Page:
Monthly Featured Story - May 2016 | Texas Water Development Board

The water beneath your feet May 2016

Groundwater is defined as water beneath the surface of the land. Most groundwater is found in aquifers, which are underground layers of rock, sand, and gravel that collect and transfer water. Because groundwater is an important water supply for many Texans, it is critical for Texans to understand this water resource.

Our agency continues to develop new ways to study groundwater, and we've recently updated the Water Data Interactive website with the new Groundwater Data Viewer. This application displays groundwater data sets with enhanced navigation tools for viewing and downloading all our available groundwater data.

The Groundwater Data Viewer allows users to access a number of groundwater-related databases that our agency maintains including the Groundwater Database (GWDB), the Brackish Resources Aquifer Characterization System (BRACS) Database, and the Submitted Drillers Reports (SDR) Database. Users can choose just one of the database sets or a combination depending on the scope.

  • The GWDB collects and stores data to help identify the natural properties of the aquifers and can be used for water planning from a local or regional perspective. This database has information on selected water wells, springs, oil/gas tests, water levels, and water quality.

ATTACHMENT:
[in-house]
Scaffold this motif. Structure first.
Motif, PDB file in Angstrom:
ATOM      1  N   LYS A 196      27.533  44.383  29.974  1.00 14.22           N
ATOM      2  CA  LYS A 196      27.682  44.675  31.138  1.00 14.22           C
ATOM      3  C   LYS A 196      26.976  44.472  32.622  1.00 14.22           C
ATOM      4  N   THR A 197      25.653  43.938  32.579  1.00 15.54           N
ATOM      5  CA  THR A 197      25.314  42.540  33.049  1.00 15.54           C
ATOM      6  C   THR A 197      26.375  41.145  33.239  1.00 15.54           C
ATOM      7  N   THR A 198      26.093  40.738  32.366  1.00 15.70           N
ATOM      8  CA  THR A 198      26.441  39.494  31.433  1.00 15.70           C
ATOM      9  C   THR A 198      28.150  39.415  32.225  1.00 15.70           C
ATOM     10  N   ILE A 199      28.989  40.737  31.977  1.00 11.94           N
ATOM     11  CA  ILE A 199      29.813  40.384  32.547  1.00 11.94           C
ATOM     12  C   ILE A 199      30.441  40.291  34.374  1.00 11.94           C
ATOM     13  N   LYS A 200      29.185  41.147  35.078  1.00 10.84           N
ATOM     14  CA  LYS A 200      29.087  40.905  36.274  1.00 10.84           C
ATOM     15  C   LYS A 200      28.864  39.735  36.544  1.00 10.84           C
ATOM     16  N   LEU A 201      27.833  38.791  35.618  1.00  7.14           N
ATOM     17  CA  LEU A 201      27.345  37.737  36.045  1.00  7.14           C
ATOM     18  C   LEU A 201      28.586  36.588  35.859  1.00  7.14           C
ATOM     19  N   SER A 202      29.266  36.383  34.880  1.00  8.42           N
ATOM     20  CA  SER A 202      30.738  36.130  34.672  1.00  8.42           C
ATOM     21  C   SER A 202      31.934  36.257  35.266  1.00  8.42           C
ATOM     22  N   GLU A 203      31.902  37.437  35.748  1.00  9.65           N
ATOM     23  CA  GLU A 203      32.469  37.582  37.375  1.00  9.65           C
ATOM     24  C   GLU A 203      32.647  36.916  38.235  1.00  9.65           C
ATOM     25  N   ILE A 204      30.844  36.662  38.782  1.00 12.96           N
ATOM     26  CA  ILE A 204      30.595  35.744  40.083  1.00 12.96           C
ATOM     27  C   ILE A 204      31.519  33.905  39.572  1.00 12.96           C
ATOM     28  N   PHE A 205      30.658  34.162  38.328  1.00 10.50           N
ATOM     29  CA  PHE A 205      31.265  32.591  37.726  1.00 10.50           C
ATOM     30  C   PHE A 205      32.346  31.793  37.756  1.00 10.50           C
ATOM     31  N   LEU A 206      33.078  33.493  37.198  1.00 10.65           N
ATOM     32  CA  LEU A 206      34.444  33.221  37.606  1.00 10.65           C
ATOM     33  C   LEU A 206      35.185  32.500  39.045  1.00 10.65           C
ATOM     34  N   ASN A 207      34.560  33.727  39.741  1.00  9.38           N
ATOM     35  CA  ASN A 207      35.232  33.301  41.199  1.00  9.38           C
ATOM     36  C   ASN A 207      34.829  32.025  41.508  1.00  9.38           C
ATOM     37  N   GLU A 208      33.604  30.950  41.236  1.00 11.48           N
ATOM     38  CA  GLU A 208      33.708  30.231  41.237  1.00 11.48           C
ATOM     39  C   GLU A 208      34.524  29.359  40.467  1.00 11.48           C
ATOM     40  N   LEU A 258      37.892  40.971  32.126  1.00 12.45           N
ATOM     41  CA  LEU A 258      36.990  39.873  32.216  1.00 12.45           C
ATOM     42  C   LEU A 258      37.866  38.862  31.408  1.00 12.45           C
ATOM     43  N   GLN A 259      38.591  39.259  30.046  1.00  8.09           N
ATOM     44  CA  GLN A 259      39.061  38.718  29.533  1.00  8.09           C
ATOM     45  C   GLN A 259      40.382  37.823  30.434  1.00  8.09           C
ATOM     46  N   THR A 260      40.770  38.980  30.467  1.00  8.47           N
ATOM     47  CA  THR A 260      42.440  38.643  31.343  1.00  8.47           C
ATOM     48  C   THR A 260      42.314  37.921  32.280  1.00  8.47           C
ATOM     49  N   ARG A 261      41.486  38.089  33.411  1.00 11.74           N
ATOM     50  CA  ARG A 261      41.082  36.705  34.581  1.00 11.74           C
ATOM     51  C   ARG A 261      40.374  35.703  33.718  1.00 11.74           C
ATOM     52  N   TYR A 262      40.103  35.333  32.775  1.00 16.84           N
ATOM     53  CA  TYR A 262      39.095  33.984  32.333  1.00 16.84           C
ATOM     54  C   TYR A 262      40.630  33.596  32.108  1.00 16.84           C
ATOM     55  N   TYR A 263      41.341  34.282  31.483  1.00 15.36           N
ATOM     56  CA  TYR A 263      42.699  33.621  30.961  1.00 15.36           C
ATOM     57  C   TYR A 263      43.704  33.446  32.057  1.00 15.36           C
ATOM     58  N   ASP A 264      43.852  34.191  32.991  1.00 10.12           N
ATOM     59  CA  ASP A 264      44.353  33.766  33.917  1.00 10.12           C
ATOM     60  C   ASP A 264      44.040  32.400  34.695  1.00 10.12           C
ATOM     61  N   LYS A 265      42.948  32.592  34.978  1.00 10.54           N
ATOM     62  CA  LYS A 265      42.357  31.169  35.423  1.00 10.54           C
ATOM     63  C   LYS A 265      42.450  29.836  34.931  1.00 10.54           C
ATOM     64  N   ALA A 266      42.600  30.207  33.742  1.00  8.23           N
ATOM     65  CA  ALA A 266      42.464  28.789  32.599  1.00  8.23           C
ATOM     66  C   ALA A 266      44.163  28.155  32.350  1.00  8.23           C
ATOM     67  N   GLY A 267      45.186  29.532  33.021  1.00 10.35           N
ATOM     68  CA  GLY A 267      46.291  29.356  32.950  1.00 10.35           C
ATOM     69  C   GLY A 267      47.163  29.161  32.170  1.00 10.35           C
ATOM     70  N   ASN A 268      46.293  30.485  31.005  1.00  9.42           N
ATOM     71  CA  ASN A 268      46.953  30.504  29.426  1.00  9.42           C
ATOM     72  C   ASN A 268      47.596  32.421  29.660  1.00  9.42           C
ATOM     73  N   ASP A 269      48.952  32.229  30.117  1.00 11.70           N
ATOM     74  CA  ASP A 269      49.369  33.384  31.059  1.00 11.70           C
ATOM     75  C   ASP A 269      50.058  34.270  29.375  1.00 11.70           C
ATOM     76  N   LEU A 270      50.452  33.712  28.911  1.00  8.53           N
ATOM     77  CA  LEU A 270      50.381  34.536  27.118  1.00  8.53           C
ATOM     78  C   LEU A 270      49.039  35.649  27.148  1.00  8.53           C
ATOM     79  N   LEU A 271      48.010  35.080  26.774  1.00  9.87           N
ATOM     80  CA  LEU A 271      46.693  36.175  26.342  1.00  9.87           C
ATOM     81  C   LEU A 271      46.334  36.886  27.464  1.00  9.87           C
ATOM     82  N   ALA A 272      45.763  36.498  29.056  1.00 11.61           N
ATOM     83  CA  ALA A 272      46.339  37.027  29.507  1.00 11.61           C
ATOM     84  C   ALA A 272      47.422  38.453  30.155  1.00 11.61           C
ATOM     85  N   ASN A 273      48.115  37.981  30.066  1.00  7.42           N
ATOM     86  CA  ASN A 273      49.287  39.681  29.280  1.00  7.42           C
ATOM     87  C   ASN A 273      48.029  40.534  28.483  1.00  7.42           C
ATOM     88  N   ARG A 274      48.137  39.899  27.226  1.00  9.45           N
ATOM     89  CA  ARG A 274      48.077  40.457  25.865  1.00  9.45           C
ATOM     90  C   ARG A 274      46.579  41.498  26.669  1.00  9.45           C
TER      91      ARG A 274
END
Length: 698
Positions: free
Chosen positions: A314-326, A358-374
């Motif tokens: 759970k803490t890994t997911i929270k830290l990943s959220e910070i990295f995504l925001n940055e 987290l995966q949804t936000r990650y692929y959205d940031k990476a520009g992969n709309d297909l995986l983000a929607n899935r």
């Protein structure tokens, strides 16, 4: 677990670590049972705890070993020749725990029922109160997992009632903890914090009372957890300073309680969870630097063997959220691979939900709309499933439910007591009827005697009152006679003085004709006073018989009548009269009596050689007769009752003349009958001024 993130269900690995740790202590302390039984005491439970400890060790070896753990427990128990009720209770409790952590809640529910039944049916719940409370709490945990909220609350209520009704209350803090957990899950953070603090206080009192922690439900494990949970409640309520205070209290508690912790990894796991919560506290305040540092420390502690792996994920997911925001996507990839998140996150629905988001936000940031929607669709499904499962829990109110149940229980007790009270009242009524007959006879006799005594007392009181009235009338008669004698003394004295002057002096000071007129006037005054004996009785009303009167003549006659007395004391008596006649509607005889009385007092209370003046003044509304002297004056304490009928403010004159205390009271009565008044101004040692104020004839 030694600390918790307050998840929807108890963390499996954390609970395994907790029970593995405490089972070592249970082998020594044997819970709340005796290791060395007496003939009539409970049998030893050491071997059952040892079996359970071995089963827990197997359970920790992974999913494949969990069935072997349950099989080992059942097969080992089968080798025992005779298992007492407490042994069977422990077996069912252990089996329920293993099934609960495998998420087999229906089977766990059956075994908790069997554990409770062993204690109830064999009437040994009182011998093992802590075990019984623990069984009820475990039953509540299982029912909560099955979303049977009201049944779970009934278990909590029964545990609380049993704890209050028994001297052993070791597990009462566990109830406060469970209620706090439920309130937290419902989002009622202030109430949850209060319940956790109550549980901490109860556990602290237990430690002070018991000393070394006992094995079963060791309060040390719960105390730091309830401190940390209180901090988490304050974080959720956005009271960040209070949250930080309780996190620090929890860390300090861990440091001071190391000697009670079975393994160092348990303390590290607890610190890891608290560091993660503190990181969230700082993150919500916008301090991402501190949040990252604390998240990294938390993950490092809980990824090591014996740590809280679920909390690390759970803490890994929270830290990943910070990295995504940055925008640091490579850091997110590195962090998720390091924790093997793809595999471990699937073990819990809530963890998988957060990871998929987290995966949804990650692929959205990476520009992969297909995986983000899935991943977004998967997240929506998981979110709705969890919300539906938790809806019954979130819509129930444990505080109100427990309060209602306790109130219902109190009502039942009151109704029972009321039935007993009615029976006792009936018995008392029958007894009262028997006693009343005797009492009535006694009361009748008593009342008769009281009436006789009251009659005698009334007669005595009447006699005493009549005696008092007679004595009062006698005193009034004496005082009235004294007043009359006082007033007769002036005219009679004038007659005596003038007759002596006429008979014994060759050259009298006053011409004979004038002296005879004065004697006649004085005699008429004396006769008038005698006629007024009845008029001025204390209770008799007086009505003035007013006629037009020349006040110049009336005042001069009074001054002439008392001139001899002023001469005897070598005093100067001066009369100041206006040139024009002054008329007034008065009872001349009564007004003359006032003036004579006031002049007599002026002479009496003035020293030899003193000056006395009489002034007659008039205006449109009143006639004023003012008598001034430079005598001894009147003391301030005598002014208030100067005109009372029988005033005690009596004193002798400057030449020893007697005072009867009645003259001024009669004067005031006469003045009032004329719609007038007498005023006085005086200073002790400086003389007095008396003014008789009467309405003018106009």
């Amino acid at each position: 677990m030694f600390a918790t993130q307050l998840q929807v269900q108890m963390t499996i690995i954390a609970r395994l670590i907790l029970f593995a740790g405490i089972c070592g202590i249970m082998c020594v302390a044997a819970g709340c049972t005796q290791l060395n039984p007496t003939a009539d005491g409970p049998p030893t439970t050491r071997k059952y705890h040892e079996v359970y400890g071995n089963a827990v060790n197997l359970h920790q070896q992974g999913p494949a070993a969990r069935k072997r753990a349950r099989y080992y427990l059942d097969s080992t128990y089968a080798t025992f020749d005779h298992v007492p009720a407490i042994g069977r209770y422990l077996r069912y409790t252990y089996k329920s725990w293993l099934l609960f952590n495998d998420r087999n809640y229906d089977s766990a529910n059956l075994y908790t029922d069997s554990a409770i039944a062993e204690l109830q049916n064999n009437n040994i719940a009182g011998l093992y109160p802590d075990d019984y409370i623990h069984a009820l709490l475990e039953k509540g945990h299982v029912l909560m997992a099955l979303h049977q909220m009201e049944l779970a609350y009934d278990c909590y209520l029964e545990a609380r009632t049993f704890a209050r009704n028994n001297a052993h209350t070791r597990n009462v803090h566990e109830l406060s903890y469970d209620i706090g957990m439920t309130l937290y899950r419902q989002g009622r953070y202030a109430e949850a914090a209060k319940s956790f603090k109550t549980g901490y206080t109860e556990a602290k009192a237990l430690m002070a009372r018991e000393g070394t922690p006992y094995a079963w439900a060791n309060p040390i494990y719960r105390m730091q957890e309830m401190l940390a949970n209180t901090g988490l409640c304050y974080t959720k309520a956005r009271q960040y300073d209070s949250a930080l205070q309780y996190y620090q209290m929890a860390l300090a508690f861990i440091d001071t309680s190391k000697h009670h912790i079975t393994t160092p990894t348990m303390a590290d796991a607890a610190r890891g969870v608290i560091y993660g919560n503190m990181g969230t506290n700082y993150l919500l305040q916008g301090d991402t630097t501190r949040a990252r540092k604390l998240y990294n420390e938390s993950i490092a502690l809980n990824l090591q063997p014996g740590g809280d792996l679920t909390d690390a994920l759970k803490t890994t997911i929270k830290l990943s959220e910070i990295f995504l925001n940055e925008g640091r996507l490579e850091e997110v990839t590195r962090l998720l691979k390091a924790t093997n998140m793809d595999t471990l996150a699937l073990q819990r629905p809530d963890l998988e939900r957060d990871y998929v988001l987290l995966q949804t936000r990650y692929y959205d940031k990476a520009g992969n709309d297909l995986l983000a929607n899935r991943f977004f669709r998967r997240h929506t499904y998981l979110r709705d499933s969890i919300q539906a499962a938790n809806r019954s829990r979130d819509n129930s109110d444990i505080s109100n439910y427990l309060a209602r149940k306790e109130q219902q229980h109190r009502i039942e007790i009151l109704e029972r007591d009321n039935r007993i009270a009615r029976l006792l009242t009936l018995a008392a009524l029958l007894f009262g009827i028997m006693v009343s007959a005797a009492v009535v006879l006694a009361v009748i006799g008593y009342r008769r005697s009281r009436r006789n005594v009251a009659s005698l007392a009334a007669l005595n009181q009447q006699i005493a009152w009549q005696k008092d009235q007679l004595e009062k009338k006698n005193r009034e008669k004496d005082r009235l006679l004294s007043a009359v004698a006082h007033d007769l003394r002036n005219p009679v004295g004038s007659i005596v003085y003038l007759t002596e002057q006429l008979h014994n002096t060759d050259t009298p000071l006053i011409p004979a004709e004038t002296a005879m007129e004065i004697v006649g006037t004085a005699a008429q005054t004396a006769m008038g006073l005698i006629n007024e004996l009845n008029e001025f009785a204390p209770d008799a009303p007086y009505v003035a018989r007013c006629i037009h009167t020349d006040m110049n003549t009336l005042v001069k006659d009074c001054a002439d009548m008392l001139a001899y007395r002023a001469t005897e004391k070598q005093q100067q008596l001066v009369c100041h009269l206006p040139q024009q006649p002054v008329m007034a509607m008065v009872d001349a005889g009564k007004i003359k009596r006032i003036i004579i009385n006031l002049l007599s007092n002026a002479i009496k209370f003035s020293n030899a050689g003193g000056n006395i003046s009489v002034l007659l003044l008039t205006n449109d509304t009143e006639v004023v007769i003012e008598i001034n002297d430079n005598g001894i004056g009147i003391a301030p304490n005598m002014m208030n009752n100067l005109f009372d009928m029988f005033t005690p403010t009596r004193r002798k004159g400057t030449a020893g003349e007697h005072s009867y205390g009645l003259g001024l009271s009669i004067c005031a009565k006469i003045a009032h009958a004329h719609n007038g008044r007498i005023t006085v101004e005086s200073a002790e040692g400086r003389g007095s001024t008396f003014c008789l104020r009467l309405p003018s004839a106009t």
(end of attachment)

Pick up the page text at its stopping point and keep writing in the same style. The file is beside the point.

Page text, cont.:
• The BRACS Database stores well and geology information to help characterize the brackish groundwater resources of Texas and is compiled from existing water well records, geophysical well logs, and geologic reports.
  • The SDR Database was created in cooperation with the Texas Department of Licensing and Regulation (TDLR) Water Well Drillers and Pump Installers Program. It contains water well reports submitted to TDLR from February 2001 to present.

The Groundwater Data Viewer allows users to choose from several base maps, including Google imagery and topographic maps, and provides the ability to turn on additional geologic and geographic layers such as major/minor aquifers and groundwater management areas. Data layers can be further sorted and identified through the use of groundwater filters and labels.

The data viewer, along with other resources we offer such as monitoring groundwater levels and quality, conducting groundwater modeling, and maintaining water well records, all help support the study of groundwater and the water planning process. More information about the data viewer and other resources can be found at our website.